Comments and Discussions



When we increase the size of the line then it does not meet to the center when arrow is drawn, please help whether we need to change the formula






Very good method. I think it can be better if adding the following two sides:
1. Check the condition when start point and end point are the same point. Currently you code can only draw a line from (0,0) to this point. It will be confused to users. Maybe you can just draw nothing for this condition.
2. Your methods can be with better encapsulation. For example, when user wants to use your code, he has to use dc.MoveTo() to set start point. May be you can use the following methods:
void ArrowTo(HDC hDC, int start_x, int start_y, int end_x, int end_y, ARROWSTRUCT *pArrow);
void ArrowTo(HDC hDC, const POINT *lpFrom, const POINT *lpTo, ARROWSTRUCT *pArrow);
to replace original methods:
void ArrowTo(HDC hDC, int x, int y, ARROWSTRUCT *pArrow);
void ArrowTo(HDC hDC, const POINT *lpTo, ARROWSTRUCT *pArrow);
Of course, you have to add dc.MoveTo() in the modified methods.
Just 2 minor suggestions. Thanks again to your methods.





This is really dated, but I noticed that the arrow heads were often not quite drawn properly (aligned with the line) so I poked into the math and created another version that corrects the anomaly for the filled arrow head version:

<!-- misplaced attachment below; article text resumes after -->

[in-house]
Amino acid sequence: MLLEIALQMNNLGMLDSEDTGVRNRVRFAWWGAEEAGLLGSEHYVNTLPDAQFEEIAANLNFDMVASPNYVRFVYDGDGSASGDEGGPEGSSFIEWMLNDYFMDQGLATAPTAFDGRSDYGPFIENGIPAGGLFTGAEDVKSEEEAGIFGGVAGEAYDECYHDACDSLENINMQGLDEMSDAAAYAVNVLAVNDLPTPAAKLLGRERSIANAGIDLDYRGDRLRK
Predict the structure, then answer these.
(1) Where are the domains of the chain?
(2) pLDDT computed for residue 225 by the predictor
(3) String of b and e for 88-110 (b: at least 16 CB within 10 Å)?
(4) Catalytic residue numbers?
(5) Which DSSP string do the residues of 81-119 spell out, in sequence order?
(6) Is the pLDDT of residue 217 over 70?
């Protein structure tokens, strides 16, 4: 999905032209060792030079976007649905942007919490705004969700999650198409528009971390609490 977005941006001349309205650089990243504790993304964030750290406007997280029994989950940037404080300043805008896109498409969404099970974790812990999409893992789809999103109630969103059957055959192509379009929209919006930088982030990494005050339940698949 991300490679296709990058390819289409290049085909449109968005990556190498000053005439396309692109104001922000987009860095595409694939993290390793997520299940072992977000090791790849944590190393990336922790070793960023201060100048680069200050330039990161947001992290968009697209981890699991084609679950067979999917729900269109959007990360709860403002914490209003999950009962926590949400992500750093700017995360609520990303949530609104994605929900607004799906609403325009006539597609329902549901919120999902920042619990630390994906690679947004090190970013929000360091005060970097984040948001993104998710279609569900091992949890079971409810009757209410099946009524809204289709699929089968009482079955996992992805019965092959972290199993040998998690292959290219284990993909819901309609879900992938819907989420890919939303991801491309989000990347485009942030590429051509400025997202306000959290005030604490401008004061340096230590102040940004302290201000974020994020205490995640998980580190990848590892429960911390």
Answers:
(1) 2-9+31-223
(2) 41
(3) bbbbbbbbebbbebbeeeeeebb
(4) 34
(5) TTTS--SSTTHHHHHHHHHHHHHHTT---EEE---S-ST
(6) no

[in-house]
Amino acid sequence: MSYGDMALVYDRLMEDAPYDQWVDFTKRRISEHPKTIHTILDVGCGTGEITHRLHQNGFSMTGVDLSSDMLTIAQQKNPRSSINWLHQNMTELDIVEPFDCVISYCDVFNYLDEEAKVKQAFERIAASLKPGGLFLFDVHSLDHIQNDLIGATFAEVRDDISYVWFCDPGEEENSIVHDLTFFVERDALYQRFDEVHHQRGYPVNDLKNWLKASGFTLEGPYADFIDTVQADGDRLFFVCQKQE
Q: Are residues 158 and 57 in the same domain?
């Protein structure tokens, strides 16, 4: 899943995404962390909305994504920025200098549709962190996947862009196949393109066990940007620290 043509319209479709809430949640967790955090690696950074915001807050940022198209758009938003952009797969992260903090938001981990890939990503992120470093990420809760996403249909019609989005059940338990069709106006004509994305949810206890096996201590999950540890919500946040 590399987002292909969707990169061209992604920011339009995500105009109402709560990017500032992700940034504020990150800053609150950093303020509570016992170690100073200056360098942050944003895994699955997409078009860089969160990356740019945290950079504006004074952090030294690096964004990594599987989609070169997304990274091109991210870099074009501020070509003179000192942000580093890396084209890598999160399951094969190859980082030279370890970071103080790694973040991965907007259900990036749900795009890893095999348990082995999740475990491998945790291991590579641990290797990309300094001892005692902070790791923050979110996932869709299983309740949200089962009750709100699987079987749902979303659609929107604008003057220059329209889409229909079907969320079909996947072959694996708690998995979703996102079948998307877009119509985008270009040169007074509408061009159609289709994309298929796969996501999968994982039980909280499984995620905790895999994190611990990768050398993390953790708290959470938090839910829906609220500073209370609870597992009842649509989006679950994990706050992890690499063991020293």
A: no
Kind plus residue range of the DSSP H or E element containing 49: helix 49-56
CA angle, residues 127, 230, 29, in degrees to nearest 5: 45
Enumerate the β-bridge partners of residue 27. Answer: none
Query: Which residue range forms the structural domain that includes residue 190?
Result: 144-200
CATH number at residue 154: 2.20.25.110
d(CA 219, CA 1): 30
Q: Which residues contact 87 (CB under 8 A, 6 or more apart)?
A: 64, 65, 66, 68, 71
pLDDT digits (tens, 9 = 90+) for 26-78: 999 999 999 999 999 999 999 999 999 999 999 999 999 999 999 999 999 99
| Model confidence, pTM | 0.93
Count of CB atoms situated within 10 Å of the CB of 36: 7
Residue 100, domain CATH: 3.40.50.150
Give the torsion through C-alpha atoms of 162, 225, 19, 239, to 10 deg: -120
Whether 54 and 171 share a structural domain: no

void ArrowTo (HDC hDC, const POINT *lpTo, ARROWSTRUCT *pA) {
POINT pFrom, ptPoly[3];
// return if called with zero arrow head angle (prevents math error)
if (pA>Theta == 0) return;
// get the "from point"
MoveToEx(hDC, 0, 0, &pFrom);
// set the arrow tip point
ptPoly[0].x = lpTo>x;
ptPoly[0].y = lpTo>y;
// set the two arrow base points
double alpha = atan2(ptPoly[0].y  pFrom.y, ptPoly[0].x  pFrom.x);
double theta = pA>Theta/2.;
double factor = (double)pA>nWidth/2./sin(pA>Theta/2.);
ptPoly[1].x = ptPoly[0].x  (int)(factor*cos(alphatheta));
ptPoly[1].y = ptPoly[0].y  (int)(factor*sin(alphatheta));
ptPoly[2].x = ptPoly[0].x  (int)(factor*cos(alpha+theta));
ptPoly[2].y = ptPoly[0].y  (int)(factor*sin(alpha+theta));
// draw arrow head
MoveToEx (hDC, pFrom.x, pFrom.y, NULL);
LineTo (hDC, ptPoly[0].x, ptPoly[0].y);
Polygon (hDC, ptPoly, 3);
}





Does it work when line width larger than 1 pixel?





Hi,
The sample project runs fine in debug mode. When compiled in release mode (vc++ 2005), the arrows go 'beserk' and are drawn all over the screen. I haven't had a chance to debug it, but it looks most disturbing.
Anyone else experience this?





Alright I have no idea what's going on with this, but I change the POINT definitions to CPoint, the arrow is drawn fine in release mode.